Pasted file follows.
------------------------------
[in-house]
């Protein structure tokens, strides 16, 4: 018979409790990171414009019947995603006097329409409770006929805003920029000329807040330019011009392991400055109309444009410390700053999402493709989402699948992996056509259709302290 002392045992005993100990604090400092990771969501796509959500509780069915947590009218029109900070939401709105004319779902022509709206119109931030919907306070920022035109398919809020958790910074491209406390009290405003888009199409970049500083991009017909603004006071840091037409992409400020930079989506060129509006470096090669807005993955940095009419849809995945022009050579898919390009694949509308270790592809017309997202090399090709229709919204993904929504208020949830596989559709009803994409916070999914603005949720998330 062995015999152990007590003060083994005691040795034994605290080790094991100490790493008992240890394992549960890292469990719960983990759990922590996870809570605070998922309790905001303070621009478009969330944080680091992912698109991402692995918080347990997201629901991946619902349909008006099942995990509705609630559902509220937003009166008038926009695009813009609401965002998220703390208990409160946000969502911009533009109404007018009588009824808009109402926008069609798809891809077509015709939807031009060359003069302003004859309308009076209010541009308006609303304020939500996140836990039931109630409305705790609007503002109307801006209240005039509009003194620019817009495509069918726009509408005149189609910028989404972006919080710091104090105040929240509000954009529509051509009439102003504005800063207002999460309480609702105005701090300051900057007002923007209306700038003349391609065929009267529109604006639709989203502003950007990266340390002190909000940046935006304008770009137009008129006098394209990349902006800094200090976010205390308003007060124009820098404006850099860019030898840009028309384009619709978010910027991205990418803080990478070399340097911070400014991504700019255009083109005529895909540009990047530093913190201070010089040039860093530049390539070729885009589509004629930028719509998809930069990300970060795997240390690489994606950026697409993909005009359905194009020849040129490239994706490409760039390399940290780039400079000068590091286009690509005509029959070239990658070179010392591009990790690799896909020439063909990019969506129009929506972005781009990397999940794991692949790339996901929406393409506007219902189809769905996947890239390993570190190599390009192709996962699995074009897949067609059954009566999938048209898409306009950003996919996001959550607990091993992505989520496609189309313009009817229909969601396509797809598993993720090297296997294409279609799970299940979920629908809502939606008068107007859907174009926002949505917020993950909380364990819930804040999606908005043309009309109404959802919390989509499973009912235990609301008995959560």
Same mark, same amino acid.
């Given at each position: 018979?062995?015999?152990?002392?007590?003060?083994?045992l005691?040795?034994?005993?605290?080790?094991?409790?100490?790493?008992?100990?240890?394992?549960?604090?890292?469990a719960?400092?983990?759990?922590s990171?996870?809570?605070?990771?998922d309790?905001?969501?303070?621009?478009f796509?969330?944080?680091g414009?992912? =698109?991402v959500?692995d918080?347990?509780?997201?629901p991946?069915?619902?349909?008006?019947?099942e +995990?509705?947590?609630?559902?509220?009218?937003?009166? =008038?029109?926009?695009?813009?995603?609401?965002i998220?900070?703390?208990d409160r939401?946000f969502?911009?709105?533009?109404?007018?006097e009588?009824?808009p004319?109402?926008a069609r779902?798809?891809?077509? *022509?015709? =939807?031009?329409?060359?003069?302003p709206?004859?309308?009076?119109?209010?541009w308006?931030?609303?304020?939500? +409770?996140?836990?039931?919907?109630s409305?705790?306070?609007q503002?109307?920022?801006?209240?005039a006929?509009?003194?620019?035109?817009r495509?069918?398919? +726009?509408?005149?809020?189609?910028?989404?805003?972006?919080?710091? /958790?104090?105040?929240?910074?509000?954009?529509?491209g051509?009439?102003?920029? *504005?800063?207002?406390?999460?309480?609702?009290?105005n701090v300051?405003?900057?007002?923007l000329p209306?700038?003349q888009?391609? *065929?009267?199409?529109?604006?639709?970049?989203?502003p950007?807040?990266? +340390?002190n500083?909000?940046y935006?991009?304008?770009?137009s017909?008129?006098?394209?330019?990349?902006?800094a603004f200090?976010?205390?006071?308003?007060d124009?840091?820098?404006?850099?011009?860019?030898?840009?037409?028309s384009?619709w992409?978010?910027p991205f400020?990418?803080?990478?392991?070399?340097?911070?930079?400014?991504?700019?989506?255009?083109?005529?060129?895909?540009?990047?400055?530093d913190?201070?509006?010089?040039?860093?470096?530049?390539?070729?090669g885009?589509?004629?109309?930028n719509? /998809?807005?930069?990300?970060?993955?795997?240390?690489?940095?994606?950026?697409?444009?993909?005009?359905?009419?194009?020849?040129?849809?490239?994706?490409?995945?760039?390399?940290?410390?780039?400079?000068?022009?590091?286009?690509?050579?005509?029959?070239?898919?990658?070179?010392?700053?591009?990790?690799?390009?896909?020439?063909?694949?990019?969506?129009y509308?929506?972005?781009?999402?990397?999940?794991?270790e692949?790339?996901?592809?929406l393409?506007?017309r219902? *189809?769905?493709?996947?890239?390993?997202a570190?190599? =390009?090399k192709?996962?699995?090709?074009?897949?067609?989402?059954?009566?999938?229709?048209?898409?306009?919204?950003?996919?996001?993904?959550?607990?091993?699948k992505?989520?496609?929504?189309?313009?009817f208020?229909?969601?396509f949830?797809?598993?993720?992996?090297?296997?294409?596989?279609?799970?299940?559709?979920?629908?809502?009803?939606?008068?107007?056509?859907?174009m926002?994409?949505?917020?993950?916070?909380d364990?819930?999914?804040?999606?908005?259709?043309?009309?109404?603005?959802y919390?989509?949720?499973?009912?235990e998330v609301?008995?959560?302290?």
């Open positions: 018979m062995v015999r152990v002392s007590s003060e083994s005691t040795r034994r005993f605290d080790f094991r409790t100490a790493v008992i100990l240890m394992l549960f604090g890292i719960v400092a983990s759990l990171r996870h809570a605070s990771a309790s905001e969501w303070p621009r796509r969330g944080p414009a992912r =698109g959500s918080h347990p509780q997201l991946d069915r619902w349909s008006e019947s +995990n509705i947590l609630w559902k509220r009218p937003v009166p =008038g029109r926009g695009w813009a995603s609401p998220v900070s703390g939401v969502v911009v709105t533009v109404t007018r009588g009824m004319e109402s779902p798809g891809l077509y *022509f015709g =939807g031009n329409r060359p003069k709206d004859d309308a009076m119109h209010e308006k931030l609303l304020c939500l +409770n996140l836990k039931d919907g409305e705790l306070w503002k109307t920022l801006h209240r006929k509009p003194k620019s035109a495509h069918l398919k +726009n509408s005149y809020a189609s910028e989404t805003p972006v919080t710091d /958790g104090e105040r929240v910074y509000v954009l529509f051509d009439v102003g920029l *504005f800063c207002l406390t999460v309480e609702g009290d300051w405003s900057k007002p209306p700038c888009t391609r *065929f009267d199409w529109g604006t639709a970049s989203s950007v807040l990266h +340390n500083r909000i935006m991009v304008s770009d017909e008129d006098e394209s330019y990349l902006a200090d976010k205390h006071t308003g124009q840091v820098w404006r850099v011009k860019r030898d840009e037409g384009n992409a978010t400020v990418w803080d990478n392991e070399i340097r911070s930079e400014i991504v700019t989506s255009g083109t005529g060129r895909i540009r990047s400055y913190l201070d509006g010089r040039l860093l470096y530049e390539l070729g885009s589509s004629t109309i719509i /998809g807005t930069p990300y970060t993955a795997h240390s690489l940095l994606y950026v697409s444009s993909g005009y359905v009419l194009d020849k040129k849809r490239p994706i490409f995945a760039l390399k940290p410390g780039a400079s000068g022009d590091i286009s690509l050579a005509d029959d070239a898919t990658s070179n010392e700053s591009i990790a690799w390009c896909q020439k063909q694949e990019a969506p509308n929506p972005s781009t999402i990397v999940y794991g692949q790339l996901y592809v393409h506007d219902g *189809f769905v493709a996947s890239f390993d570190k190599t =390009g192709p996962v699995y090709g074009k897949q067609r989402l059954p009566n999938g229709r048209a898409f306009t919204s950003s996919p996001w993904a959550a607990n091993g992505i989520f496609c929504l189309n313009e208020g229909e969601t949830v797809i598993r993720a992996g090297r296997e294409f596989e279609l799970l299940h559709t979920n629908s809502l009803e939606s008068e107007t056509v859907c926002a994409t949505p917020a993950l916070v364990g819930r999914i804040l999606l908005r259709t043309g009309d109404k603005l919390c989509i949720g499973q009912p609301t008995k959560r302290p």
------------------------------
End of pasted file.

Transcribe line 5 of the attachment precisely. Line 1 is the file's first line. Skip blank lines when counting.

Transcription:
């Open positions: 018979m062995v015999r152990v002392s007590s003060e083994s005691t040795r034994r005993f605290d080790f094991r409790t100490a790493v008992i100990l240890m394992l549960f604090g890292i719960v400092a983990s759990l990171r996870h809570a605070s990771a309790s905001e969501w303070p621009r796509r969330g944080p414009a992912r =698109g959500s918080h347990p509780q997201l991946d069915r619902w349909s008006e019947s +995990n509705i947590l609630w559902k509220r009218p937003v009166p =008038g029109r926009g695009w813009a995603s609401p998220v900070s703390g939401v969502v911009v709105t533009v109404t007018r009588g009824m004319e109402s779902p798809g891809l077509y *022509f015709g =939807g031009n329409r060359p003069k709206d004859d309308a009076m119109h209010e308006k931030l609303l304020c939500l +409770n996140l836990k039931d919907g409305e705790l306070w503002k109307t920022l801006h209240r006929k509009p003194k620019s035109a495509h069918l398919k +726009n509408s005149y809020a189609s910028e989404t805003p972006v919080t710091d /958790g104090e105040r929240v910074y509000v954009l529509f051509d009439v102003g920029l *504005f800063c207002l406390t999460v309480e609702g009290d300051w405003s900057k007002p209306p700038c888009t391609r *065929f009267d199409w529109g604006t639709a970049s989203s950007v807040l990266h +340390n500083r909000i935006m991009v304008s770009d017909e008129d006098e394209s330019y990349l902006a200090d976010k205390h006071t308003g124009q840091v820098w404006r850099v011009k860019r030898d840009e037409g384009n992409a978010t400020v990418w803080d990478n392991e070399i340097r911070s930079e400014i991504v700019t989506s255009g083109t005529g060129r895909i540009r990047s400055y913190l201070d509006g010089r040039l860093l470096y530049e390539l070729g885009s589509s004629t109309i719509i /998809g807005t930069p990300y970060t993955a795997h240390s690489l940095l994606y950026v697409s444009s993909g005009y359905v009419l194009d020849k040129k849809r490239p994706i490409f995945a760039l390399k940290p410390g780039a400079s000068g022009d590091i286009s690509l050579a005509d029959d070239a898919t990658s070179n010392e700053s591009i990790a690799w390009c896909q020439k063909q694949e990019a969506p509308n929506p972005s781009t999402i990397v999940y794991g692949q790339l996901y592809v393409h506007d219902g *189809f769905v493709a996947s890239f390993d570190k190599t =390009g192709p996962v699995y090709g074009k897949q067609r989402l059954p009566n999938g229709r048209a898409f306009t919204s950003s996919p996001w993904a959550a607990n091993g992505i989520f496609c929504l189309n313009e208020g229909e969601t949830v797809i598993r993720a992996g090297r296997e294409f596989e279609l799970l299940h559709t979920n629908s809502l009803e939606s008068e107007t056509v859907c926002a994409t949505p917020a993950l916070v364990g819930r999914i804040l999606l908005r259709t043309g009309d109404k603005l919390c989509i949720g499973q009912p609301t008995k959560r302290p």